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Causal role of Helicobacter pylori infection in gastric cancer: An Asian enigma
Kartar Singh, Uday C Ghoshal, Department of Gastroenterology, Sanjay Gandhi Postgraduate Institute of Medical Sciences, Lucknow 226014, India
Supported by grants from the Indian Council of Medical Research, No. 5/4/3-5/03/99-NCD-II
Correspondence to: Professor Kartar Singh, Director, Sanjay Gandhi Postgraduate Institute of Medical Sciences, Lucknow 226014, India. firstname.lastname@example.org
Telephone: +91-522-2668017 Fax: +91-522-2668017
Received: August 14, 2005
Revised: August 20, 2005
Accepted: August 26, 2005
Published online: March 7, 2006
Helicobacter pylori (H pylori) has been etiologically linked to gastric cancer. H pylori infection is more frequent in less developed Asian countries like India, Bangladesh, Pakistan, and Thailand and is acquired at early age than in more developed Asian countries like Japan and China. Frequency of gastric cancer, however, is very low in India, Bangladesh, Pakistan and Thailand compared to that in Japan and China. Similar enigma has been reported from Africa as compared to the West. Seroprevalence of H pylori infection in adult populations of India, Bangladesh, Pakistan and Thailand varies from 55% to 92%. In contrast, seroprevalence of H pylori in Chinese and Japanese adults is 44% and 55%, respectively. Annual incidence rate of gastric cancer in India, Bangladesh, and Thailand is 10.6, 1.3, 7.1 per 100 000 populations, respectively; in contrast, that in China and Japan is 32-59 and 80-115 per 100 000 populations, respectively. Several studies from India failed to show higher frequency of H pylori infection in patients with gastric cancer than controls. Available evidences did not support difference in H pylori strains as an explanation for this enigma. Despite established etiological role of H pylori, situation is somewhat enigmatic in Asian countries because in countries with higher frequency of infection, there is lower rate of gastric cancer. Host’s genetic make-up and dietary and environmental factors might explain this enigma. Studies are urgently needed to solve this issue.
Helicobacter pylori (H pylori) is a major cause of gastroduodenal diseases like peptic ulcer and an important risk factor for gastric carcinoma (GC) and primary gastric lymphoma (PGL). Evidences supporting the etiological role of H pylori in GC and PGL include higher frequency of isolation of H pylori in patients with GC and PGL[1,2], regression or lower rate of occurrence or recurrence of the tumor in patients in whom the infection is eradicated[3-6], occasional reports of recurrence following re-infection[7,8] and development of tumor in patients[5,9] or animals[10,11] infected with the organism. Several meta-analyses also revealed a strong relationship between H pylori and GC and PGL[12,13]. Though the evidences available in literature support causal relationship between H pylori and GC and PGL, some interesting observations from the Asian countries make such causal relationship somewhat enigmatic[14-15]. Similar enigmatic situation has also been reported from Africa. Here we have reviewed the available evidences on this issue and attempted to explain possible reasons for such an enigma.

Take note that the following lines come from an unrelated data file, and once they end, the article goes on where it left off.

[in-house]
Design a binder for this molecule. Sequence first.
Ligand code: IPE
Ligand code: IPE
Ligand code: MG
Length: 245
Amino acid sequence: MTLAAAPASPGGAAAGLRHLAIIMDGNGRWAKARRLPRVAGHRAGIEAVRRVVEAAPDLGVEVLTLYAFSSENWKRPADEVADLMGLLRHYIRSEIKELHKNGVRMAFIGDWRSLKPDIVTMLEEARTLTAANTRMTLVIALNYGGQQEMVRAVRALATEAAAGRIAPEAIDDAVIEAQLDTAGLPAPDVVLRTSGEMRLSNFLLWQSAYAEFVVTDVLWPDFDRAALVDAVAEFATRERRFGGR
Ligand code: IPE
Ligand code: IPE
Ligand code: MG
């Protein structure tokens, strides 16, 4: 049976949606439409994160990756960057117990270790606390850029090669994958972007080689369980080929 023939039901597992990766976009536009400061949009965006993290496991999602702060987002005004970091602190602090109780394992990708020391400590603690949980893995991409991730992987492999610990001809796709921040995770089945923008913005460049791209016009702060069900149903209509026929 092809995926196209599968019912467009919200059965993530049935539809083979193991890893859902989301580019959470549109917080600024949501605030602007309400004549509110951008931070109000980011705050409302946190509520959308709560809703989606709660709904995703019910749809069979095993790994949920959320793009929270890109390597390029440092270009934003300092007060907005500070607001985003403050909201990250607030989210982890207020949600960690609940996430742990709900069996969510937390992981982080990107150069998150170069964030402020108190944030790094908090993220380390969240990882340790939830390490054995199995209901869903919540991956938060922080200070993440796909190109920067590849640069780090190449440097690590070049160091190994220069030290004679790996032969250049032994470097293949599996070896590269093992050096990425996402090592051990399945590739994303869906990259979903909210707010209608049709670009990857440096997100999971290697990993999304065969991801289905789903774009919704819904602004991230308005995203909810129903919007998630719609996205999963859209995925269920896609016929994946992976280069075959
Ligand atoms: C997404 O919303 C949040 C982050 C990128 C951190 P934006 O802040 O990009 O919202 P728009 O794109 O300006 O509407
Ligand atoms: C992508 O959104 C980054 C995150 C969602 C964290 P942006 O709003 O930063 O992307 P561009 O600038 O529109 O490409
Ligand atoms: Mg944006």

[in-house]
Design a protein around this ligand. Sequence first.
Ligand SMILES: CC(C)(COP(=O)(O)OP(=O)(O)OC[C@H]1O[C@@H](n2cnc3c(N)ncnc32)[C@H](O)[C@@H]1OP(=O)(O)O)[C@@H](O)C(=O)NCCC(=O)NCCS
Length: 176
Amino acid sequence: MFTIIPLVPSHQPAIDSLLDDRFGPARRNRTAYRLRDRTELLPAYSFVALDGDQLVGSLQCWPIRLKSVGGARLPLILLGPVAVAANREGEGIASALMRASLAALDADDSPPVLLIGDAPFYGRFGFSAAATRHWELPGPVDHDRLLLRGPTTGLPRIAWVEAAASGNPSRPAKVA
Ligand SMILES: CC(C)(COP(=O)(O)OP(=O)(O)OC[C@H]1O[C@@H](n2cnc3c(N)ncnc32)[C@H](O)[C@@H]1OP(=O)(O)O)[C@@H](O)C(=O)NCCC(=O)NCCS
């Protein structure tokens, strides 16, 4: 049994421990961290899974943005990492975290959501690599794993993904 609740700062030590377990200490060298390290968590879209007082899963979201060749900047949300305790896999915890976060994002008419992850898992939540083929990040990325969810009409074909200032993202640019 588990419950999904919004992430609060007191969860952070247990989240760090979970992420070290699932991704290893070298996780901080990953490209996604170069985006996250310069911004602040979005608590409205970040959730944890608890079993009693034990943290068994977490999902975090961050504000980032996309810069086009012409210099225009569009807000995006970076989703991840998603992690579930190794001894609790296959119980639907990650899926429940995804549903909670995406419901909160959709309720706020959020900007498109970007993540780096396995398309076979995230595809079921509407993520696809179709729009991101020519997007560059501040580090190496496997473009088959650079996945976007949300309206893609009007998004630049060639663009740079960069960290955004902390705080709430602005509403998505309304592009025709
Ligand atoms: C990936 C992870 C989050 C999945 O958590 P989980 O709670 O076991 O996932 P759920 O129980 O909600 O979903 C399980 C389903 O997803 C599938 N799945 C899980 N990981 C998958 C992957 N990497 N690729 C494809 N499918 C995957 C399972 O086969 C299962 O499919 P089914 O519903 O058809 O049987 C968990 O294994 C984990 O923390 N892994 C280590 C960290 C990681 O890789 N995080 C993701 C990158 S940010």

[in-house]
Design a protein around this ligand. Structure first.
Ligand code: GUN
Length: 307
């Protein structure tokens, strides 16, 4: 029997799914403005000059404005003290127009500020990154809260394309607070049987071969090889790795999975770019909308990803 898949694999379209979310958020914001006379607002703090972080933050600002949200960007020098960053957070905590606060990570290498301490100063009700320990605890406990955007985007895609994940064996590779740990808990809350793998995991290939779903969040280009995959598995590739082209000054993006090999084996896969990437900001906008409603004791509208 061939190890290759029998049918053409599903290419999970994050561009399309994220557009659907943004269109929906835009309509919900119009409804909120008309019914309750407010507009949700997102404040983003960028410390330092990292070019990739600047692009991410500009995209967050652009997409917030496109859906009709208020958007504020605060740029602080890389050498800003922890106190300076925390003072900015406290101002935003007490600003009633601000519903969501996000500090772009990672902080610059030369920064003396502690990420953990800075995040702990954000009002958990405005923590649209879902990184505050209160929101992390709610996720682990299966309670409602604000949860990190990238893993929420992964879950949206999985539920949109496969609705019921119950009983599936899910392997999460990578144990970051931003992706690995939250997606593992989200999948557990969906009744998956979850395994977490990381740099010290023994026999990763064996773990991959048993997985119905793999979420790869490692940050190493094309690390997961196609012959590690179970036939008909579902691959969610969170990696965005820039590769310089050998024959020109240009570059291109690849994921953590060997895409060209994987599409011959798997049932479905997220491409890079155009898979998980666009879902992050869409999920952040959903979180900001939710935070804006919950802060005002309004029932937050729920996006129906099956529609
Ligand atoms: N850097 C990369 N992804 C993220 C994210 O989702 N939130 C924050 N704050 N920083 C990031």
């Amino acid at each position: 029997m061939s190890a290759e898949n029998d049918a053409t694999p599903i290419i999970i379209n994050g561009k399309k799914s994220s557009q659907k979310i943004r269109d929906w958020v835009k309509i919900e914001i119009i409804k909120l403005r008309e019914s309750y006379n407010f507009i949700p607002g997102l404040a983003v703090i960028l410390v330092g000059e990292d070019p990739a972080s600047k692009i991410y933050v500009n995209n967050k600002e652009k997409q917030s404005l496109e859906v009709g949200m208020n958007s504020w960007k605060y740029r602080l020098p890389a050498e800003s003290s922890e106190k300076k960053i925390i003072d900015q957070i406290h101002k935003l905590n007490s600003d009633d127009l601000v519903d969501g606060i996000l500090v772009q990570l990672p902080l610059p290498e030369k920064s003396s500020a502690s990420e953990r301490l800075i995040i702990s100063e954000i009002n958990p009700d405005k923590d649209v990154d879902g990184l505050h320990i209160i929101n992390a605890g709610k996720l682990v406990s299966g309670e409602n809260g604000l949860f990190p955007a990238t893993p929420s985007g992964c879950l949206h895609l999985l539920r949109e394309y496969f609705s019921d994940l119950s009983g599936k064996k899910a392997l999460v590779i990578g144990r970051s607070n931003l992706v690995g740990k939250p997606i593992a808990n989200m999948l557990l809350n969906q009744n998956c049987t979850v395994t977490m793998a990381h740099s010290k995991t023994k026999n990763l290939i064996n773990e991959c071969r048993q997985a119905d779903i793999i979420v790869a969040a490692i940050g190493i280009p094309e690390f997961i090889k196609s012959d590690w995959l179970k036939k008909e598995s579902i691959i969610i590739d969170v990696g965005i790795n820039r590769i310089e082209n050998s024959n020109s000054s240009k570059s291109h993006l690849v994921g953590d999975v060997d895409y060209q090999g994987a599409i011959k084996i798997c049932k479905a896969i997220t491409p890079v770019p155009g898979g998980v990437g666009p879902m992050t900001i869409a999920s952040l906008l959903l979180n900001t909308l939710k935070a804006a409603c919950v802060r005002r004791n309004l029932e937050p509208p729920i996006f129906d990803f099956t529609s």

FREQUENCY OF H PYLORI INFECTION IN DIFFERENT ASIAN COUNTRIES
Figure 1 shows seroprevalence of H pylori infection in different Asian countries[4,15,17-29]. Frequency of H pylori infection differs markedly in different countries. In the developing countries like India, Bangladesh, Pakistan and Thailand, infection with H pylori is more frequent among general population and is acquired at an early age. There are several studies from India that showed that H pylori is acquired by most people in early childhood. Gill et al  from India showed that the prevalence of IgG and IgA antibodies to H pylori was 22%, 56% and 87% in 0-4, 5-9 and 10-19 years age groups, respectively. In contrast, in more industrialized and developed regions of Asia like Japan, China and Singapore, frequency of H pylori infection has been reported to be somewhat lower. The prevalence of H pylori in the United States has decreased to approximately 10% in the white middle and upper class population of 50 years of age or younger. As H pylori is transmitted by feco-oral route, overcrowding, poor sanitation, lower socioeconomic status and poor water supply are some of the major factors that result in higher frequency and lower age of acquisition of H pylori in less developed Asian countries[30,33] . Though frequency of H pylori as shown in the Figure 1 is not age-standardized, all these data are in adults. As H pylori is acquired in early childhood in most developing countries and later in life in most developed countries and as average life expectancy is higher in developed countries as compared to developing countries, age standardization of frequency of infection is unlikely to alter our conclusions.